A fortunate decision as the ticket was the 3rd row almost directly behind the plate, which looks like this:

The only problem is that the first two rows are those that are shown on TV, so most of the evening I was surrounded by idiots who would come down, get on their cell phone, and then wave as the pitch was tossed. Then, having been spotted by their friend on the other end of the call, they'd leave satisfied with their fleeting fame. Morons.

The Game

Hanshin grabbed an early 3-0 lead on a Shunsuke Fujikawa 2-run single and Takashi Toritani homer, sending Ren Nakata to the showers after just three innings. Hiroshima got a run back in the 3rd when Shogo Kimura tripled home Eishin Soyogi who had doubled.

Carp reliever Keisuke Imai shut the Tigers down for the next three frames and his teammates finally tied the game when pinch hitter Takuro Ishii singled with the bases loaded (above) in the bottom of the 6th.

The carp brought in ex-Blue Jay Vinnie Chulk (below), recently signed and making only his 11th appearance. With one out he walked Hirano and then Takashi Toritani. In both cases, the umpire was squeezing him, missing what were obvious strikes. Sitting right behind the plate it was clear that the strike zone was not what Chulk was used to. Generally, the strike zone in Japan is smaller, and perhaps foreign pitchers need time to get used to it. But the umpire definitely missed a couple of calls. Chulk was visibly annoyed but struck out Takahiro Arai before giving up a run-scoring single to Brazell (grounding out in an earlier at-bat below).

Trailing 4-3, it looked like curtains for the Carp, but in the 7th, Tigers' reliever Ken Nishimura gave up singles to Amaya and Kenta Kurihara to bring a swift end to his evening. Tomoyuki Kubota was brought in and struck out Shigenobu Shima for the second out. Jun Hirose came to the plate and smacked a double down the left field line that got both runners home! The Carp fans went nuts - suddenly it was 5-4 Hiroshima and Chulk was in line for the win. And he got it thanks to some brilliant bullpen work. Hideki Kishimoto pitched a strong eighth while Ryuji Yokoyama picked up his 8th save with a 10-pitch ninth. The Carp hold on for a comeback win, 5-4.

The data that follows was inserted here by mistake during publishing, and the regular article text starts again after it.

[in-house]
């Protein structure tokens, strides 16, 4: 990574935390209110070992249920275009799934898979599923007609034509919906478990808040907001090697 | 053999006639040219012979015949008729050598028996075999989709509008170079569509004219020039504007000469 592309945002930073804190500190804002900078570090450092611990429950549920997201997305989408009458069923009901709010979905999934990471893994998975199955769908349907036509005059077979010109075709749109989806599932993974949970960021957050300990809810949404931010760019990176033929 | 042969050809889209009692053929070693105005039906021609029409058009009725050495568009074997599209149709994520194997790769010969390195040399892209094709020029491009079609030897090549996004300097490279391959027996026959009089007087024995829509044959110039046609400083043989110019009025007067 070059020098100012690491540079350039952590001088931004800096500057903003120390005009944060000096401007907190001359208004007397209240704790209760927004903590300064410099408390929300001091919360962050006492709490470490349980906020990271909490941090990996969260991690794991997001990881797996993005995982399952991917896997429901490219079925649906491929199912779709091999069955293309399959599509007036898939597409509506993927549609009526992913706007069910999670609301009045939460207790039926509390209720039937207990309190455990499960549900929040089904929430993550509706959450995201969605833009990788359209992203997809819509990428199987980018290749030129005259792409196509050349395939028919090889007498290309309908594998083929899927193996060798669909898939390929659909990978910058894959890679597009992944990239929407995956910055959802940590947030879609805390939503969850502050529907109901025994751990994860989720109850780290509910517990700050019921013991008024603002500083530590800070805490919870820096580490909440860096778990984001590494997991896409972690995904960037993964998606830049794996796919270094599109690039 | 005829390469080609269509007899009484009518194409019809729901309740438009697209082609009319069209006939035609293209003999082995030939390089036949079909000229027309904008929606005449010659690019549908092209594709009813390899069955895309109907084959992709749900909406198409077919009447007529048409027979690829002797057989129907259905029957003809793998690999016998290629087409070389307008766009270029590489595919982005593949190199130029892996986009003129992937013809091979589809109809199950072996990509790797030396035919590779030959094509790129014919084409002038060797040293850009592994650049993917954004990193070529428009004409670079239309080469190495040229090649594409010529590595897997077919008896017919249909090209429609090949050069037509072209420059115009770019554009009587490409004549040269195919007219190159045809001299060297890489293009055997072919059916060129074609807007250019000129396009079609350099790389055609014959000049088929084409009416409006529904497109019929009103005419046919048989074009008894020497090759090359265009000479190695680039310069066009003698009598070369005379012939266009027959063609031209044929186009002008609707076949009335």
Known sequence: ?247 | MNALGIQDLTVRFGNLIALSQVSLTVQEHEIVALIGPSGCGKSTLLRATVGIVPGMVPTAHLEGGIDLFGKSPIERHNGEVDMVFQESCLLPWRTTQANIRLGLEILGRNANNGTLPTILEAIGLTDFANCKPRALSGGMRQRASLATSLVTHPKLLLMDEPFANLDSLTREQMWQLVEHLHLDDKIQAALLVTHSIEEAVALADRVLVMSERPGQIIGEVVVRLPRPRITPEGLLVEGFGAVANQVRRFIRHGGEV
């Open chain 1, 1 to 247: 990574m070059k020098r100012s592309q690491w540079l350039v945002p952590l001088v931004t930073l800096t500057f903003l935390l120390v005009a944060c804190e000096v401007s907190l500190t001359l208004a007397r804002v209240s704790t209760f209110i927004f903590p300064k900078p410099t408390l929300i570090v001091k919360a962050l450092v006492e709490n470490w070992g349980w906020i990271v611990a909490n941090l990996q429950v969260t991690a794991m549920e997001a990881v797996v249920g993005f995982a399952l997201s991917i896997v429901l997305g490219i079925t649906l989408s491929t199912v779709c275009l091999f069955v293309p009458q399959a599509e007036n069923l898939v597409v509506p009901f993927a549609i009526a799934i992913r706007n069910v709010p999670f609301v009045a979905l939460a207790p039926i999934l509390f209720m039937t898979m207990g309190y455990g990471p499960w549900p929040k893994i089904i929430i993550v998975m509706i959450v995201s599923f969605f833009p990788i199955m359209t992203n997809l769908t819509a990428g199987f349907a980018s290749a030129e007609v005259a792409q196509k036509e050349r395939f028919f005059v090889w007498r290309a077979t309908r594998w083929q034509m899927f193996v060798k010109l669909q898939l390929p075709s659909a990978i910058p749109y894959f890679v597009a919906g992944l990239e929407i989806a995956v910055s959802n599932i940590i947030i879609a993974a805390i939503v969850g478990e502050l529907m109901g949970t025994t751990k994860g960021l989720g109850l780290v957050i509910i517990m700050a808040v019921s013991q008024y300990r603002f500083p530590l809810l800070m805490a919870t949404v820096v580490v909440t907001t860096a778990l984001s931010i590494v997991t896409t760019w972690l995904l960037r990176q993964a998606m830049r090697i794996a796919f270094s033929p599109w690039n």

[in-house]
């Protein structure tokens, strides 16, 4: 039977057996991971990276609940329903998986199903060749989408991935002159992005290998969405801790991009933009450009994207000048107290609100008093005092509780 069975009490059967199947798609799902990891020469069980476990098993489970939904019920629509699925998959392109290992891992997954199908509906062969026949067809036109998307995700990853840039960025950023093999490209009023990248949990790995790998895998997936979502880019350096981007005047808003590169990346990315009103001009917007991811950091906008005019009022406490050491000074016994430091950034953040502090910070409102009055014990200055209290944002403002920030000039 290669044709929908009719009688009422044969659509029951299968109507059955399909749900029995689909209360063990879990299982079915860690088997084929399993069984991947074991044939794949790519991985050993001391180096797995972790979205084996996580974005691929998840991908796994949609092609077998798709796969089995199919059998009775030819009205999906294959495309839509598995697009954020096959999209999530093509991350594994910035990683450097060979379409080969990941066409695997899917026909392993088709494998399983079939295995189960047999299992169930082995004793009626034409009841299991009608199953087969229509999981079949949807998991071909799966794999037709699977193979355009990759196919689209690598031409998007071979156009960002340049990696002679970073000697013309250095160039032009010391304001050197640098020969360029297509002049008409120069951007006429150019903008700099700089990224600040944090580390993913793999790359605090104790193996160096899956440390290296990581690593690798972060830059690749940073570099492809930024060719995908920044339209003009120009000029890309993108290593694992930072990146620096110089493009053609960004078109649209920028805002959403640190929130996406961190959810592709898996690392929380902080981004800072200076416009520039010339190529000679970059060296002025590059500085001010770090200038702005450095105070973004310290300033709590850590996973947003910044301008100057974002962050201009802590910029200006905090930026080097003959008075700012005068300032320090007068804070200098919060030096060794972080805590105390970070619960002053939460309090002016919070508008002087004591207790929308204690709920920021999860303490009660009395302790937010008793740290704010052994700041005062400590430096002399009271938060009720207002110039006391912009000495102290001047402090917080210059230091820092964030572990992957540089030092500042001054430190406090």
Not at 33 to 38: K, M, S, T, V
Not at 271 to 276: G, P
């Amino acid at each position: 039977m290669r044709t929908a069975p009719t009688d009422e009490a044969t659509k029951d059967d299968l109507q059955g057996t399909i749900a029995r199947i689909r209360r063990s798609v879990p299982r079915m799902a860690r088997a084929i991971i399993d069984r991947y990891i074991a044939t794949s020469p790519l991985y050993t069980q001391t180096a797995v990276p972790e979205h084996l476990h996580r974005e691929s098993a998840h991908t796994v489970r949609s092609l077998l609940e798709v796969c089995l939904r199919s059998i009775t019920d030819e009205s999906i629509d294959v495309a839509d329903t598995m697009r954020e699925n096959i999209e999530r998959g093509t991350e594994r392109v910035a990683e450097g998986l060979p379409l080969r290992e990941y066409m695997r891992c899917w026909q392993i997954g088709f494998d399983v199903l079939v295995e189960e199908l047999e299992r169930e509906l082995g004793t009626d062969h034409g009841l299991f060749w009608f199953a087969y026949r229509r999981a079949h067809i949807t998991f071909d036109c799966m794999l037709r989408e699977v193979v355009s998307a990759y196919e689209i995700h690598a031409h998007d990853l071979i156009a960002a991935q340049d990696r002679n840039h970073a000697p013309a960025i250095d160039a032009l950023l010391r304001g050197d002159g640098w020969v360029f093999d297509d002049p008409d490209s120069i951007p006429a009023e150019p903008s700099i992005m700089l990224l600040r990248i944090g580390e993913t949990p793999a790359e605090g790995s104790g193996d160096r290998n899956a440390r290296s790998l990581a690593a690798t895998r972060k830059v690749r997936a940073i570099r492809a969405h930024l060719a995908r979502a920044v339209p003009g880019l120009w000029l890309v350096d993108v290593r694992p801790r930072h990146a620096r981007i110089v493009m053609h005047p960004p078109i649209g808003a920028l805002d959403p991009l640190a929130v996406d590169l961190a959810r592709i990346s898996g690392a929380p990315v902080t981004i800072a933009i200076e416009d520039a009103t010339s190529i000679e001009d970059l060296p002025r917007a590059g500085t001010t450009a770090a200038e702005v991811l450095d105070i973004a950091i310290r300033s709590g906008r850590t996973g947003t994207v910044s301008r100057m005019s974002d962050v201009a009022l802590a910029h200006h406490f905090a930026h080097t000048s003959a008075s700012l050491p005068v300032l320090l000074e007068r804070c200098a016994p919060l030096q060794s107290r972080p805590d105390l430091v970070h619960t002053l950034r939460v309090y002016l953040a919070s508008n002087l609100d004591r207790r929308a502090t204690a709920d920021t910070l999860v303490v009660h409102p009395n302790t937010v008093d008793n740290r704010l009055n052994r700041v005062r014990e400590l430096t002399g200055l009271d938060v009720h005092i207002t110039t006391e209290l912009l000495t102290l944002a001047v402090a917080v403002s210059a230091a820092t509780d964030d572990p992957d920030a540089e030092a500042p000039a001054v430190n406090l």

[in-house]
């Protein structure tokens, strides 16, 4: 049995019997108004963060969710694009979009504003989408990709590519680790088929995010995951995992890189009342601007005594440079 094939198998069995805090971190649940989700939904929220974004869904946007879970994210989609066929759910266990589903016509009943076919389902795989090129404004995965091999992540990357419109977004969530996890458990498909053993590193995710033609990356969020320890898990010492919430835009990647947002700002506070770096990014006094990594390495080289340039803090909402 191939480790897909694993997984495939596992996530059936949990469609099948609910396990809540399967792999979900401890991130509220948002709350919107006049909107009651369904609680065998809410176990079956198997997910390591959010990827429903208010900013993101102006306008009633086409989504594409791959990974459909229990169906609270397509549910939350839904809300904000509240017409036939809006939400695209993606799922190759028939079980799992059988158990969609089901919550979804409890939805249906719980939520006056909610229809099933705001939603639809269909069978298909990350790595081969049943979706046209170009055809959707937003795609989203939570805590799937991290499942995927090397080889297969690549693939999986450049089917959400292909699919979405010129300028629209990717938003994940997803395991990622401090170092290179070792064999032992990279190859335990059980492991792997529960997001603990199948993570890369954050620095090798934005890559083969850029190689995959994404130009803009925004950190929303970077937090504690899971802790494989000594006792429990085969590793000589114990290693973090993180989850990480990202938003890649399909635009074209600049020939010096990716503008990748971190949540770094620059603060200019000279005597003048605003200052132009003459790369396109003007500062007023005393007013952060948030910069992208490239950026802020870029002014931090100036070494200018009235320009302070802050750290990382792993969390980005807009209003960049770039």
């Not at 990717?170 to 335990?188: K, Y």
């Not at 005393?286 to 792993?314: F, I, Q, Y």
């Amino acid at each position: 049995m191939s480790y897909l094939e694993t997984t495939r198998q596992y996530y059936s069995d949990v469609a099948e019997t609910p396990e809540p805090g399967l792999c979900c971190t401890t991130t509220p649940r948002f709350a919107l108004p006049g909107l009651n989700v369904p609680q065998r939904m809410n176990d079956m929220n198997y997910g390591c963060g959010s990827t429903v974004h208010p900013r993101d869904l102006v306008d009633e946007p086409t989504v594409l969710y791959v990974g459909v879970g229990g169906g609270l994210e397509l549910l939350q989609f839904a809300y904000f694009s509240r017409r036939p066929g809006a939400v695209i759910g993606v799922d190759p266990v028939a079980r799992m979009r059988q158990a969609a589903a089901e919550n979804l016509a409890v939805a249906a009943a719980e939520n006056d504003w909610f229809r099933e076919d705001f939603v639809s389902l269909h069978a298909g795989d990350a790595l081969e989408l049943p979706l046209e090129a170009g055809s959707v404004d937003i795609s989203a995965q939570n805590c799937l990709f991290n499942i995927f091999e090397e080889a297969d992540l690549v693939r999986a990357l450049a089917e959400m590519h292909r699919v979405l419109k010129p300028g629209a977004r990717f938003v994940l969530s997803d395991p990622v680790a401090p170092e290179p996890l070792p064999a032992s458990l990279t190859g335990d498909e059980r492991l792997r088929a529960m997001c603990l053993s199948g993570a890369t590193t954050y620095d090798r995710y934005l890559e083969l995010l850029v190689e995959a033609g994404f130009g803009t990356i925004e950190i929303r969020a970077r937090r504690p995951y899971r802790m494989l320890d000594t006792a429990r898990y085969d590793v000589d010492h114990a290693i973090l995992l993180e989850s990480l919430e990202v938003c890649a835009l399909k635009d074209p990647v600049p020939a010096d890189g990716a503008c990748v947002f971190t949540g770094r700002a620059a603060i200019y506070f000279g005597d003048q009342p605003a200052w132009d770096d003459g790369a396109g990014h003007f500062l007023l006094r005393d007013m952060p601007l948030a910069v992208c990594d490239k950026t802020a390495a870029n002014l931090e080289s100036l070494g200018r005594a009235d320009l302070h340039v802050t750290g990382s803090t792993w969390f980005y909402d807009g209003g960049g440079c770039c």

This would have been a great game had it taken a normal 2:50. Instead it dragged on and on, partially because the umpire had a tiny strike zone, and partially because pitchers here just throw less often. So it's just a good game: the PPM was 1.46, yet again far too slow a pace. It's not the Japan Series guys, throw the freaking ball.


There were several excellent defensive plays in this game. The best was when Kurihara grounded hard up the middle. Hanshin starter Yasutomo Kubo got a piece of it, slowing it down enough so that Hirano could get to it behind second. He turned and made a leaping throw that forced Brazell to jump high. It looked like Kurihara would be safe but Brazell made a nice tag on his way down to get the out. Really a nice play to watch from close up.

One of the features I like here is that the scoreboard highlights the baserunners in green so you know who is on what base. Just a little thing but something I've not seen elsewhere.

I was planning to have one post for the entire weekend but will split it in two for readability. So look for another post on the two weekend games shortly.